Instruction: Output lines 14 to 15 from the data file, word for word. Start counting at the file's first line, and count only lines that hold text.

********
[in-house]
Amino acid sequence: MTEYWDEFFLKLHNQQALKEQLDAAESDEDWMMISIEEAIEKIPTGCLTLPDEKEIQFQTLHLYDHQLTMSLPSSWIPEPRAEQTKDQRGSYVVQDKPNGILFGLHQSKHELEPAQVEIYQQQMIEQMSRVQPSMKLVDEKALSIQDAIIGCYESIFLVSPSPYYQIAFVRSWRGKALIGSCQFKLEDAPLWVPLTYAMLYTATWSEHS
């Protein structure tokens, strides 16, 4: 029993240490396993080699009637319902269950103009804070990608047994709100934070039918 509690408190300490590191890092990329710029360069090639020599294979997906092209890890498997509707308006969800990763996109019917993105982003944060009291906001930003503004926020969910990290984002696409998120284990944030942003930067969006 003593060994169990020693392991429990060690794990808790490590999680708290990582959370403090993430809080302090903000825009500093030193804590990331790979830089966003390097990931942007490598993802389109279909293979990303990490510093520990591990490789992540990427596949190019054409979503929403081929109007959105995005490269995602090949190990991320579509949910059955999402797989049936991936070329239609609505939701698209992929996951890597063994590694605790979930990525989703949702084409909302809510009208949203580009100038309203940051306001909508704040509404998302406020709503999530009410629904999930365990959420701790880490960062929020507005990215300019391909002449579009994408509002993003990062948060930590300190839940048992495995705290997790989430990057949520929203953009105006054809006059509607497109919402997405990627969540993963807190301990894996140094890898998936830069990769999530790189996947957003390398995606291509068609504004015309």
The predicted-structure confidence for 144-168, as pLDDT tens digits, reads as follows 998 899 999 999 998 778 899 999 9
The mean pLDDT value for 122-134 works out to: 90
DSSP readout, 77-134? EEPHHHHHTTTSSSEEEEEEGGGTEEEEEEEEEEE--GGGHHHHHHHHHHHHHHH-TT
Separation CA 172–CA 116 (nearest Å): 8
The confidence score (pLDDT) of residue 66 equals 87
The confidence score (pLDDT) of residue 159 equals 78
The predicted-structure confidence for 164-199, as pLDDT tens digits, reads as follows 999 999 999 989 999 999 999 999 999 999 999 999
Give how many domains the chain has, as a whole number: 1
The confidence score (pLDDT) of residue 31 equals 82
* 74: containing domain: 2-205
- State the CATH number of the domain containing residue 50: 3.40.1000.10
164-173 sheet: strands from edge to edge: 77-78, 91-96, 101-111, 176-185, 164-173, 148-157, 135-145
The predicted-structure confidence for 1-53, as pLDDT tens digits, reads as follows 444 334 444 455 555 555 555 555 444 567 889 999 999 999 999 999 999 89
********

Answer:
- State the CATH number of the domain containing residue 50: 3.40.1000.10
164-173 sheet: strands from edge to edge: 77-78, 91-96, 101-111, 176-185, 164-173, 148-157, 135-145